Each week on DocWire News, editors bring you the latest hematology and oncology news and research. In case you missed it, here are this week’s top headlines.
- Impact of Sleep Disorders and Fatigue in Children with Cancer
- A Number of Men May Stop Active Surveillance for Prostate Cancer
- Study Highlights the Hereditary Risk of Colon Cancer
- Exercise Habit Prior to Breast Cancer Chemo May Aid Cognition
Keep reading for the breakdown on these top stories!
Impact of Sleep Disorders and Fatigue in Children with Cancer
A study of children with cancer identified an association between physical activity, fatigue, and sleep and quality of life (QOL), particularly distress. In addition, children on active treatment have a higher frequency of distress compared to those in survivorship.
The authors wrote, “Interventions to increase QOL should target children who are younger, male, and have higher levels of fatigue and sleep disturbance. Diagnosis and treatment of sleep disturbance should be considered as part of routine activities.”
A Number of Men May Stop Active Surveillance for Prostate Cancer
Although the use of active surveillance (AS) for low-risk prostate cancer significantly increased over time, there was a relatively high rate of discontinuation during a recent five-year period. In an assessment of men on AS, 51% discontinued AS after a median of 48 months.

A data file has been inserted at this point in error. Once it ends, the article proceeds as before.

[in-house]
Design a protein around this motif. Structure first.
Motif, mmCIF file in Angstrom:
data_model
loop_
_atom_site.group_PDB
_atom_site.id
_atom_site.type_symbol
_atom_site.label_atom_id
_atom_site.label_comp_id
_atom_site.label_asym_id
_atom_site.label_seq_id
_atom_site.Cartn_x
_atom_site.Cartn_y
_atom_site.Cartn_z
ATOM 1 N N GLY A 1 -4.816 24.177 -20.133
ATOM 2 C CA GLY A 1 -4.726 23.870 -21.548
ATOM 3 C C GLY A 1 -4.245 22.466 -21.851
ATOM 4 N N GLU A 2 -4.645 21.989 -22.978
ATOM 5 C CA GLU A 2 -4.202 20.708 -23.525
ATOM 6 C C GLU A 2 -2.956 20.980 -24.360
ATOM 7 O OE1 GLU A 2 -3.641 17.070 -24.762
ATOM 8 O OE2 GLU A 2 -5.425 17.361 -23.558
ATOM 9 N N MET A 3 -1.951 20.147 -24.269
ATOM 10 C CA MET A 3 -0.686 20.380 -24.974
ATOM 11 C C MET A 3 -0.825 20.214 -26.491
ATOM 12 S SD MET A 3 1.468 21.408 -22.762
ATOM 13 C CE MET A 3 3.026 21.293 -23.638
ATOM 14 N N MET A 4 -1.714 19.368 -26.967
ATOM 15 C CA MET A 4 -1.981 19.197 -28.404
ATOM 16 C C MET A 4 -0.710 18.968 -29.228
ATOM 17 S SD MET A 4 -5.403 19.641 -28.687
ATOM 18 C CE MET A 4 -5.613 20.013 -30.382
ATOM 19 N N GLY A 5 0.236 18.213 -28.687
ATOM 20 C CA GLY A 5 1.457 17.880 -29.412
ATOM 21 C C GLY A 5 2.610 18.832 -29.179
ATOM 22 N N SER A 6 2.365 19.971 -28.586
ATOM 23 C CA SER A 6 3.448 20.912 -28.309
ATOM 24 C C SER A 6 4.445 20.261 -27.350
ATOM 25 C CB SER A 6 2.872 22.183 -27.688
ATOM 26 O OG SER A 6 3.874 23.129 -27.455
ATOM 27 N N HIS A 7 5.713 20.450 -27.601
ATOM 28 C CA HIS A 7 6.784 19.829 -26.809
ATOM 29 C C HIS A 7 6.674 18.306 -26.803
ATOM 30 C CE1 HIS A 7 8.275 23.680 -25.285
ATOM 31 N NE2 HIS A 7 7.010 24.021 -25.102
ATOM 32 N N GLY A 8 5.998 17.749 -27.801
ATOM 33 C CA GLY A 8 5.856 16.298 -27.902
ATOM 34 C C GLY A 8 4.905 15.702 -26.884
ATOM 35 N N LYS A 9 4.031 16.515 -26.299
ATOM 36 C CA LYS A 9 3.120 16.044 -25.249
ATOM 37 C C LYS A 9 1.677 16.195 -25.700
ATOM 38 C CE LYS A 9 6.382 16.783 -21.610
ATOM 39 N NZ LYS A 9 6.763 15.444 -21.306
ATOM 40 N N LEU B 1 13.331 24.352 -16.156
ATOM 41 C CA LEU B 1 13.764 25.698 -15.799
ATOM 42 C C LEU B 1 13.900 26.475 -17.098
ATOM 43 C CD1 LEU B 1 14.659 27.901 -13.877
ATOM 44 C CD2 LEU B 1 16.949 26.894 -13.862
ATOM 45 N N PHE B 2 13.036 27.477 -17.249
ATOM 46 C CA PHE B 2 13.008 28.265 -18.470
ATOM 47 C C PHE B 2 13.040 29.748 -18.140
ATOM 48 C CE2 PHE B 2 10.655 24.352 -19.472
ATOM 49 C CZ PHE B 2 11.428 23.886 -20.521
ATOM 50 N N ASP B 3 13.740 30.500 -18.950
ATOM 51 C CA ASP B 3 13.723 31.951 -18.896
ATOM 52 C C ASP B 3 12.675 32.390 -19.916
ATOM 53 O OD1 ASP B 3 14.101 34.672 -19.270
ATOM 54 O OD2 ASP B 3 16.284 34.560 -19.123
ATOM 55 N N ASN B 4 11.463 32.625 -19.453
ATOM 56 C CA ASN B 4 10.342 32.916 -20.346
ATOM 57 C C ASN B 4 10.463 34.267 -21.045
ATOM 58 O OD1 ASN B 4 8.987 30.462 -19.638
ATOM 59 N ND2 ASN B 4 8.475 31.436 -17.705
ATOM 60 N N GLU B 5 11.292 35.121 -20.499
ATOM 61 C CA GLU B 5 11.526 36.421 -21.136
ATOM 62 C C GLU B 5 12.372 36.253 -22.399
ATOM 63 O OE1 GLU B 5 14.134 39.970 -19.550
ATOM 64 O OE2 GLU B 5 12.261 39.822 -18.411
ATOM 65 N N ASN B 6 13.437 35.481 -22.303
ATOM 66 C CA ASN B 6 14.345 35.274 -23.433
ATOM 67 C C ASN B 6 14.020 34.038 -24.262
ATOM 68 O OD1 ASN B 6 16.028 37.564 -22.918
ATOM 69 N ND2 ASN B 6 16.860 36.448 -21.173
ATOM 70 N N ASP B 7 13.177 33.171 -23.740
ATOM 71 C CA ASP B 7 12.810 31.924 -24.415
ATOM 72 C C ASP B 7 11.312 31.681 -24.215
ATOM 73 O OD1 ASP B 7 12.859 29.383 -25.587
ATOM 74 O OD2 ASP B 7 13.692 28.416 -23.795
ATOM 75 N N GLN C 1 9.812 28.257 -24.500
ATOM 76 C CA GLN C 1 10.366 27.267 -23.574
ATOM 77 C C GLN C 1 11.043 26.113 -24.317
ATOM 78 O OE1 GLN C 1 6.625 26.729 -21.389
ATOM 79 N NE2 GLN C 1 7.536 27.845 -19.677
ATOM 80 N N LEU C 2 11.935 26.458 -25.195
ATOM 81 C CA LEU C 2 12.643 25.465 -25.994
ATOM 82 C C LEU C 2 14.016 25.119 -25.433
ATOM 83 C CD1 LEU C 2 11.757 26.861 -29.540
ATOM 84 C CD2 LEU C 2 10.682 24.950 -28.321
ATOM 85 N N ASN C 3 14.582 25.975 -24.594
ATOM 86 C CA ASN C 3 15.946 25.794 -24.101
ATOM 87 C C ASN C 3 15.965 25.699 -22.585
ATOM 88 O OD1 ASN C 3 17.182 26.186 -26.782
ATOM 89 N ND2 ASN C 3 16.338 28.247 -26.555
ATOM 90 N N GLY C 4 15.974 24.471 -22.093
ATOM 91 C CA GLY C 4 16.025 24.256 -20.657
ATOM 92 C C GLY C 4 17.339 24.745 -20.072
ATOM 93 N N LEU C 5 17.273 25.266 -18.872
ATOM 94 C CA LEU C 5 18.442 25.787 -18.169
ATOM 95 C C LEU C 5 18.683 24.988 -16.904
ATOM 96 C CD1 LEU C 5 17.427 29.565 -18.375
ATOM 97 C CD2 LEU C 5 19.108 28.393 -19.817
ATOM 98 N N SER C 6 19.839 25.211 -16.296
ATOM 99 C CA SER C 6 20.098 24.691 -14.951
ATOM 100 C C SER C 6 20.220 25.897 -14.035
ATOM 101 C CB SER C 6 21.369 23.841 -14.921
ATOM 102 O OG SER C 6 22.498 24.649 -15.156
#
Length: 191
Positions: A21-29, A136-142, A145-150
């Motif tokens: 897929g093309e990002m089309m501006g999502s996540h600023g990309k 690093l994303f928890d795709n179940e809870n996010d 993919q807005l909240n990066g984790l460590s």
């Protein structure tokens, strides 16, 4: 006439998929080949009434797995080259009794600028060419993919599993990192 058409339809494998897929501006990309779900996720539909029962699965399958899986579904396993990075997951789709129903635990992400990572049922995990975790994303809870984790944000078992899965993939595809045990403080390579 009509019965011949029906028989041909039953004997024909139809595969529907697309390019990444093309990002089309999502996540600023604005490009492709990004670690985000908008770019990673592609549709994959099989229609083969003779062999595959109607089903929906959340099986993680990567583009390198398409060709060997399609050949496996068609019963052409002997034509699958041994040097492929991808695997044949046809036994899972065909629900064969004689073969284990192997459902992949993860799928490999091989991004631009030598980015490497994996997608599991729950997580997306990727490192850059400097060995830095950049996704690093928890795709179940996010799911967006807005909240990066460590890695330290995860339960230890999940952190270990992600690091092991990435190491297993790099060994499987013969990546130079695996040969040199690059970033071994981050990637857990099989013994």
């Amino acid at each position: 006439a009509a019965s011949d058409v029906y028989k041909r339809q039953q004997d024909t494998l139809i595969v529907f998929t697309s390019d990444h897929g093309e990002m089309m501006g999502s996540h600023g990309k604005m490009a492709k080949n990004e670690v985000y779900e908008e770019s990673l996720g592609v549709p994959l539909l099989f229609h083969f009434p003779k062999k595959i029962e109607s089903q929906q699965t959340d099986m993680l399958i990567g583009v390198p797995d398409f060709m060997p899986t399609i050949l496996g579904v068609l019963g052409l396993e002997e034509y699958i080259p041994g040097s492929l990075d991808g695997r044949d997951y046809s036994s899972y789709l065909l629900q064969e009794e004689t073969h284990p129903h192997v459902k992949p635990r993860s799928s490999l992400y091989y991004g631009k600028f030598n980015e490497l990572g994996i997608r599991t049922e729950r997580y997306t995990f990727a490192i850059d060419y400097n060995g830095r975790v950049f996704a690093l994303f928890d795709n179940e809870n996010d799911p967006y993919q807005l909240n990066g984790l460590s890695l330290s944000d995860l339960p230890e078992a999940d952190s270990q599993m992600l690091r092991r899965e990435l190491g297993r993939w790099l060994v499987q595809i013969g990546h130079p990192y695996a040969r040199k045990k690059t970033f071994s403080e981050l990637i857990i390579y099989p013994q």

“These results may help guide policy making, developing quality indicators, and developing targeted continued education for physicians and patients embarking on AS to establish realistic expectations,” the authors write.
Study Highlights the Hereditary Risk of Colon Cancer
A recent study shows that having second- or third-degree relatives with colorectal cancer (CRC) augments the risk of developing the disease. First-degree relatives of someone diagnosed with early-onset CRC are six times more likely to be diagnosed with CRC before age 50, while second-degree relatives are three times likelier and third-degree relatives 1.56 times likelier.
“Our study provides new insight into the magnitude of risk for more distant relatives of colorectal cancer cases, and in particular, for relatives of cases who were diagnosed before age 50,” says first author Heather Ochs-Balcom, PhD, associate professor of epidemiology and environmental health in UB’s School of Public Health and Health Professions. “This work is important given the rising rates of early-onset colorectal cancer.”
Exercise Habit Prior to Breast Cancer Chemo May Aid Cognition
Doing more physical activity before and during chemotherapy is associated with better cognition over time among patients with breast cancer. Patients with higher physical activity prior to chemotherapy had higher cognitive scores over time compared to patients who did not. In addition, adherence to physical activity guidelines throughout chemotherapy was associated with better self-reported cognition.
“These findings contribute to the growing body of evidence highlighting the importance of promoting physical activity as early as possible across the continuum of cancer care,” said co-author Elizabeth A. Salerno, PhD, MPH, from the Washington University School of Medicine in St. Louis.
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